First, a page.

|Speaker||Talk Date||Talk Series|
|Matt Griffin, Cardiff University||3 November, 2011||The Sackler Lectures|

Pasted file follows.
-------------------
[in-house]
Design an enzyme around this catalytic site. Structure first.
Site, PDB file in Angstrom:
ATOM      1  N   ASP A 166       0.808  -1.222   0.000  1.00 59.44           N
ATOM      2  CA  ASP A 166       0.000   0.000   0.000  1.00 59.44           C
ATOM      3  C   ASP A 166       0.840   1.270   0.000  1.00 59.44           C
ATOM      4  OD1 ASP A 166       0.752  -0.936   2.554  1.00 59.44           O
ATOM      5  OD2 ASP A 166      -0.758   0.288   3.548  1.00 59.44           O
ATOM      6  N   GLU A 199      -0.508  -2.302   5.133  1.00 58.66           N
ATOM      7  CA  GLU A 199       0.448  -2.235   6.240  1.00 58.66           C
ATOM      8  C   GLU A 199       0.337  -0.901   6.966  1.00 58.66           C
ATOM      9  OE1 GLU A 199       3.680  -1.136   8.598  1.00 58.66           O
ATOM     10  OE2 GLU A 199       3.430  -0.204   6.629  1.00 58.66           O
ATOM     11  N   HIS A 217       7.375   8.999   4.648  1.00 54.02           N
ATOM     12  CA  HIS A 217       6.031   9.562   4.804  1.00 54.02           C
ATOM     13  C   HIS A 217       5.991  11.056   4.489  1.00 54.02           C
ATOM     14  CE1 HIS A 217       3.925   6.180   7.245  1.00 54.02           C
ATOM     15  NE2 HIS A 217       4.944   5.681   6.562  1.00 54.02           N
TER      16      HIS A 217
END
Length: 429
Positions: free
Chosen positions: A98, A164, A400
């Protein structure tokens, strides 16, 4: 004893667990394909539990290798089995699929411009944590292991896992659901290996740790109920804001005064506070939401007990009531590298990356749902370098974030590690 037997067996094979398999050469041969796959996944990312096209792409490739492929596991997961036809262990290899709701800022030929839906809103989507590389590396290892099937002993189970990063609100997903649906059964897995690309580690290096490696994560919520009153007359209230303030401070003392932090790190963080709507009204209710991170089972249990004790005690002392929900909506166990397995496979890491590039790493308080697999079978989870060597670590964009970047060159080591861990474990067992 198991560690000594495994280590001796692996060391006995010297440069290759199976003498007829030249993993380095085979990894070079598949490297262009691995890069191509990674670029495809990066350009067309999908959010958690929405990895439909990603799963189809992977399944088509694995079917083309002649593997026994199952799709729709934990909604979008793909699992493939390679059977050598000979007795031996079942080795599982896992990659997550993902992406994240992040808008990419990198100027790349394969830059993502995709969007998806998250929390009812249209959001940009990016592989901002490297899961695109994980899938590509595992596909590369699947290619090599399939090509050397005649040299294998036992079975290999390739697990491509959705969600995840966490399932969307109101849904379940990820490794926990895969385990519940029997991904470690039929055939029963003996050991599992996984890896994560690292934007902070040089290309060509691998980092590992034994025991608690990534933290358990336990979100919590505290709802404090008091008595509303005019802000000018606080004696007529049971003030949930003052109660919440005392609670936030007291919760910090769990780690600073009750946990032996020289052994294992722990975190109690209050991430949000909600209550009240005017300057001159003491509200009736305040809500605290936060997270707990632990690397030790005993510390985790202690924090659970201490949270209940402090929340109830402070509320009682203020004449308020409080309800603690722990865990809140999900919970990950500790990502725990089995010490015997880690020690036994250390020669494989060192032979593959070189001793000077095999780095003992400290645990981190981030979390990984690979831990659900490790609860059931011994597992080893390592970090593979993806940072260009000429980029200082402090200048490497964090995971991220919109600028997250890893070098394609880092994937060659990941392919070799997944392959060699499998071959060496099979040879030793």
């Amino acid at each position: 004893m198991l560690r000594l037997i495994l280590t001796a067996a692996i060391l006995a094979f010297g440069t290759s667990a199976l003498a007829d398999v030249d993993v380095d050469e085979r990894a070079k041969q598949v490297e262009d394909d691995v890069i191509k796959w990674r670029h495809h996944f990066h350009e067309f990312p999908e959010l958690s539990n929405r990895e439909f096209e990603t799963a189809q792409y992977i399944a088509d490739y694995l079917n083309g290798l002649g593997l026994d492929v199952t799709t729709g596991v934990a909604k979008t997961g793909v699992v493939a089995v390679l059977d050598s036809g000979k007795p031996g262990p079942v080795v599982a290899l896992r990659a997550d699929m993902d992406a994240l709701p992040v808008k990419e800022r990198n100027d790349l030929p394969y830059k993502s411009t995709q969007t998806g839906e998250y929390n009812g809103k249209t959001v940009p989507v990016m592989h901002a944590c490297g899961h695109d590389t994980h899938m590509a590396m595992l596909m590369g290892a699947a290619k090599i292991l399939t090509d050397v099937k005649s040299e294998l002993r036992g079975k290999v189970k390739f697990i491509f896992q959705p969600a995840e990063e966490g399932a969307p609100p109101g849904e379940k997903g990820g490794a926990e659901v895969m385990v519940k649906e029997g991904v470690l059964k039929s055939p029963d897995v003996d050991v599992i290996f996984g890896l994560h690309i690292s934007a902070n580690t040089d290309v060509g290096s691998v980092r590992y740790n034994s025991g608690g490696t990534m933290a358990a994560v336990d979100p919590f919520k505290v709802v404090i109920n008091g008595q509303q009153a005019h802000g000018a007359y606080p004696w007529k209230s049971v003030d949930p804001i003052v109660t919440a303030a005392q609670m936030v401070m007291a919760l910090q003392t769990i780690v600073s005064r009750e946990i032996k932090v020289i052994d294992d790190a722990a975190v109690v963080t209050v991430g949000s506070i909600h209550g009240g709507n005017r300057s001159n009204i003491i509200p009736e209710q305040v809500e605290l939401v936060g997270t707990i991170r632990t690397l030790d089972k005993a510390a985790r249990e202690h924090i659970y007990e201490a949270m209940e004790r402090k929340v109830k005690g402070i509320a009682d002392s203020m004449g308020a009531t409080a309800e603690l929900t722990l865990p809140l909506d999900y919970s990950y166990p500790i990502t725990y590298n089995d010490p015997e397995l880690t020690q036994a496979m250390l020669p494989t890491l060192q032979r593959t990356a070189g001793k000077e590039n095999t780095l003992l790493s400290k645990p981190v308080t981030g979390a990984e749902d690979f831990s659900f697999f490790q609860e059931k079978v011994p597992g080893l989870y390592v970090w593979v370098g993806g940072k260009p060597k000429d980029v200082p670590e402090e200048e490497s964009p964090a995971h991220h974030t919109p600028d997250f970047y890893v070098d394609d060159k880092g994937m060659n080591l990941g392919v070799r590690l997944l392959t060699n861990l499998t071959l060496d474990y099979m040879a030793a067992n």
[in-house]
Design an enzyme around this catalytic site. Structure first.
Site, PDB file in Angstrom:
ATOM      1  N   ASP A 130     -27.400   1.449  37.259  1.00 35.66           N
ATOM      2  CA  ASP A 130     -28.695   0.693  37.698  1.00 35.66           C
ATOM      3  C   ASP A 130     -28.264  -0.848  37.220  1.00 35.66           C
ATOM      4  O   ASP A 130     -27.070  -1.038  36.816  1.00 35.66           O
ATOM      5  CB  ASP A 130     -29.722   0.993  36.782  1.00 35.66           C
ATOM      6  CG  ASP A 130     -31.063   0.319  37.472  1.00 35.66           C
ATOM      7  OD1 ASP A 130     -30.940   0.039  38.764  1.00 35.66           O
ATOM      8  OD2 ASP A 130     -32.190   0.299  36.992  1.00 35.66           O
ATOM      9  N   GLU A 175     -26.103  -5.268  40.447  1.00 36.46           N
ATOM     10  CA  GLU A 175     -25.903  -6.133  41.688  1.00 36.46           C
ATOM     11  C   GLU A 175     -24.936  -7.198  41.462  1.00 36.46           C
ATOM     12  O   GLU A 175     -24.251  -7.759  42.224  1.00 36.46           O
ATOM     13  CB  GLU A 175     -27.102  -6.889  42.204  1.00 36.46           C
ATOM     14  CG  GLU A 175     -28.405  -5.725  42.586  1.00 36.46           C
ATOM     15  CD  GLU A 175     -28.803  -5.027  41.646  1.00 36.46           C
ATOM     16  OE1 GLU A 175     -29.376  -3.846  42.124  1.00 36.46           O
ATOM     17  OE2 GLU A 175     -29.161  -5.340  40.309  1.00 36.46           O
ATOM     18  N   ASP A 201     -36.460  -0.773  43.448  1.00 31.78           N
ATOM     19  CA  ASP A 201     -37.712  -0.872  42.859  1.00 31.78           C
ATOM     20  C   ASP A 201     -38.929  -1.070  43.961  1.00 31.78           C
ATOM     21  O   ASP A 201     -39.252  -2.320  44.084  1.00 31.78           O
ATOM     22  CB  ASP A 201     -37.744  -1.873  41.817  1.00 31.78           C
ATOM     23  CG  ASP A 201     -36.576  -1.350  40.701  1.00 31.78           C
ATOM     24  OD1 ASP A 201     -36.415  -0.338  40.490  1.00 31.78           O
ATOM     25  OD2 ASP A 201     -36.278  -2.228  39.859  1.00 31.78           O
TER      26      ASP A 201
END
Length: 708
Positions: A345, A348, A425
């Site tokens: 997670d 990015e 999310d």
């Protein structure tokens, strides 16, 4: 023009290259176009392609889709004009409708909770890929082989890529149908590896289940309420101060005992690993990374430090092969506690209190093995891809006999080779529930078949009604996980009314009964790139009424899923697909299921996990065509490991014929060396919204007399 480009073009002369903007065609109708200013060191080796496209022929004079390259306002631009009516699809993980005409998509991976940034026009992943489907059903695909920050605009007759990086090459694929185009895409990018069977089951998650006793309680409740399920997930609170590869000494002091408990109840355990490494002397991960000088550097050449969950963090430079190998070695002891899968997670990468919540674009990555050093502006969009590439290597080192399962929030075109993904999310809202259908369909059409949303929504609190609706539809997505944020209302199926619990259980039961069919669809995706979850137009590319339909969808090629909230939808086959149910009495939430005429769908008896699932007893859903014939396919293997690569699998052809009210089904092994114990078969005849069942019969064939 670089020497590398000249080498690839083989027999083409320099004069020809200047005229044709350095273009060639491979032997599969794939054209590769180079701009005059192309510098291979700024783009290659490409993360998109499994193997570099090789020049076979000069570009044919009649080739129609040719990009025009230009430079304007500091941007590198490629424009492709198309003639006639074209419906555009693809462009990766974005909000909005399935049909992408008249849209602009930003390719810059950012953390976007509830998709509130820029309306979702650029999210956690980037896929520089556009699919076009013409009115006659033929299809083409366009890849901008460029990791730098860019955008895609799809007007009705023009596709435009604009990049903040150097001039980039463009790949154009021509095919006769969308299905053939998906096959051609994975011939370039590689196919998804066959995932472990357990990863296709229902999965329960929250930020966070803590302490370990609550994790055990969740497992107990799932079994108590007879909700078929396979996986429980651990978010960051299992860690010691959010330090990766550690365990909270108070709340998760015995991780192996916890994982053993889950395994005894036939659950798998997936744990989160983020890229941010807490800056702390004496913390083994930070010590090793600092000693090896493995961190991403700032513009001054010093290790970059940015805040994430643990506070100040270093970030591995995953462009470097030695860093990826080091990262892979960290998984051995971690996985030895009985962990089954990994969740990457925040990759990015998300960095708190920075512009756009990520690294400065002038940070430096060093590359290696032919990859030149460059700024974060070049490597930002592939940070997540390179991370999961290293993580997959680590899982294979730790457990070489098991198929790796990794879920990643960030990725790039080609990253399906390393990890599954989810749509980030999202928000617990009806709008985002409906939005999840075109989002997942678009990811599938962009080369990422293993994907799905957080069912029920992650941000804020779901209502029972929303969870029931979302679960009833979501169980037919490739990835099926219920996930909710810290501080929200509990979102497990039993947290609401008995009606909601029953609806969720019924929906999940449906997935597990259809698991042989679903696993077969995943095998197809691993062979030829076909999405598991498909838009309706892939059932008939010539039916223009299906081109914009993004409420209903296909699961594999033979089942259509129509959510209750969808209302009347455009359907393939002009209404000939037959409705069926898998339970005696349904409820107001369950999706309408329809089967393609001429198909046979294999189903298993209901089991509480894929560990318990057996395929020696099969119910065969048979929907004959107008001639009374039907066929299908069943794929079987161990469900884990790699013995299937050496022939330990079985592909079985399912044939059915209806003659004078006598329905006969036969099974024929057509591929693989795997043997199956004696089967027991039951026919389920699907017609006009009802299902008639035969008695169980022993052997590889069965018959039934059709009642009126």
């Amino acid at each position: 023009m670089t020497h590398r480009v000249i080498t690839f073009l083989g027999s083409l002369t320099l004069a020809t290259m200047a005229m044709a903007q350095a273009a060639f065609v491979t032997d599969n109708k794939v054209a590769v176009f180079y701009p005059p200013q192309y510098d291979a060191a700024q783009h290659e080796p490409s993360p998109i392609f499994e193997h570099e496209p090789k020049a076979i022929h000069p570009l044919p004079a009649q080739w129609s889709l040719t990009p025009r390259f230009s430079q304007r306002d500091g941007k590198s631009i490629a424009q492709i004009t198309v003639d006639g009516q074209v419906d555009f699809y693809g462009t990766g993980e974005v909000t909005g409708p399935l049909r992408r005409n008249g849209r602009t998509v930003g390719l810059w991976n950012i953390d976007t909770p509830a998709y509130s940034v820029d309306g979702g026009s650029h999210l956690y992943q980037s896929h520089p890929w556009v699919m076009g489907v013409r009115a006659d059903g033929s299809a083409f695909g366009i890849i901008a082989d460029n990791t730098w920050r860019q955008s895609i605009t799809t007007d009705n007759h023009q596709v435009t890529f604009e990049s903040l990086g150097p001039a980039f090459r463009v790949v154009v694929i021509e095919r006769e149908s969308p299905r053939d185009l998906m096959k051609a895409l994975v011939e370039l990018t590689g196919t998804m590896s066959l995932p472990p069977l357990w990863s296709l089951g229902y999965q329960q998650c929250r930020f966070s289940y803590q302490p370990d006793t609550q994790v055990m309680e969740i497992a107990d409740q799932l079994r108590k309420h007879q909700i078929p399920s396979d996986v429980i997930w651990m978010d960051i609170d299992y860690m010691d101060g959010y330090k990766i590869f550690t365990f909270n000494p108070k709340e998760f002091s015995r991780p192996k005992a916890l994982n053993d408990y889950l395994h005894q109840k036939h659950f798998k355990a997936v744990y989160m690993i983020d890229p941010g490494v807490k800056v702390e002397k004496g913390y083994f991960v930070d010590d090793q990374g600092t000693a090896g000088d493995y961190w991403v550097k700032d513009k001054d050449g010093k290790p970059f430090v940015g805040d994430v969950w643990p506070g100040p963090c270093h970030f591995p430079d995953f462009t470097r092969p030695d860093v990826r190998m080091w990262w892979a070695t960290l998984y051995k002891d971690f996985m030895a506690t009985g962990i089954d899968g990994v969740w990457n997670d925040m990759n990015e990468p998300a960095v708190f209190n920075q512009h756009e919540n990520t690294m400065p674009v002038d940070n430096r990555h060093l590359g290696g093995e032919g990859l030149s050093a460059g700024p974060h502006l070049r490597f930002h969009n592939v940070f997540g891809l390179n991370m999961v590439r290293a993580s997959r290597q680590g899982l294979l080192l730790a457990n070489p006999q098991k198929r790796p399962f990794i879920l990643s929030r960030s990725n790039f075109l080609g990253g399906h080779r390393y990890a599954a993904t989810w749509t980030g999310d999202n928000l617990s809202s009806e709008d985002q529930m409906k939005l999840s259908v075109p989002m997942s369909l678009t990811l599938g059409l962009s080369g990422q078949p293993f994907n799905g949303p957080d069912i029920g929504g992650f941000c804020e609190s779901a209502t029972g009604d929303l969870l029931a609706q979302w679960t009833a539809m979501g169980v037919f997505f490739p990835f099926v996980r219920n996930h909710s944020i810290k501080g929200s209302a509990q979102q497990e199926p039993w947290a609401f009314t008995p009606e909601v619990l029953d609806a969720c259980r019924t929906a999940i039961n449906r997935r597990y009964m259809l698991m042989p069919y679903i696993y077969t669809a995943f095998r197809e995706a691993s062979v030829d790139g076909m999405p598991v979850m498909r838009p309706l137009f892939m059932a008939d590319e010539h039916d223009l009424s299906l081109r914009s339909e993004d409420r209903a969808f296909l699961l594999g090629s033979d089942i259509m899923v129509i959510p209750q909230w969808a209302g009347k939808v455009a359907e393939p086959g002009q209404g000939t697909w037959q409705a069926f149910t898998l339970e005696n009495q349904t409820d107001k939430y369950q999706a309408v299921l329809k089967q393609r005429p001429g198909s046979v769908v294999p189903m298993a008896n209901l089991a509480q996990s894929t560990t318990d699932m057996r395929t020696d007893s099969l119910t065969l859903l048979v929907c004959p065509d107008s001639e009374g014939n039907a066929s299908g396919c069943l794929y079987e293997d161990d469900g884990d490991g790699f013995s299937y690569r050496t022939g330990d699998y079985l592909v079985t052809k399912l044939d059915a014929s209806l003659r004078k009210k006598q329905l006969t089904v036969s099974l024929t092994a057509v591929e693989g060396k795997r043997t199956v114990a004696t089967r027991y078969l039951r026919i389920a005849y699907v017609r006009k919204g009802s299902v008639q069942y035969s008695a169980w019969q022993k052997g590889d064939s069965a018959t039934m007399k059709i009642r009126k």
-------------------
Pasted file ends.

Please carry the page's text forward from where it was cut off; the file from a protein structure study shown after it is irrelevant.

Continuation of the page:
The far infrared and submillimetre spectral region is critical to the characterisation of the obscured Universe, both in our own and nearby galaxies and at high redshift. The Herschel Space Observatory, which is currently operating, has a passively cooled 3.5-m diameter telescope and three scientific instruments which are carrying out sensitive imaging and spectroscopy at wavelengths between 55 and 671 microns. I will describe the design and scientific capabilities of Herschel and review some of its early results. For a comprehensive understanding of the interstellar medium in galaxies over cosmic time, and the relationship between AGN and their host galaxies, future space-borne observations will be needed with much improved sensitivity and angular resolution in the far infrared. The Japanese-led Space Infrared telescope for Cosmology and Astrophysics (SPICA) will be the next major far infrared space astronomy mission. It will carry a 3.2-m telescope cooled to ~ 6 K by mechanical coolers, and a suite of instruments covering the 5 - 200 micron range. The cold aperture will lead to a huge increase in sensitivity over current far infrared facilities. SPICA's far infrared camera and spectrometer, SAFARI, will cover the wavelength range between 30 and 200 microns with an observing speed orders of magnitude faster than that achieved by Herschel. I will outline how SPICA's capabilities will bring about a major advance in our ability to investigate the extragalactic Universe.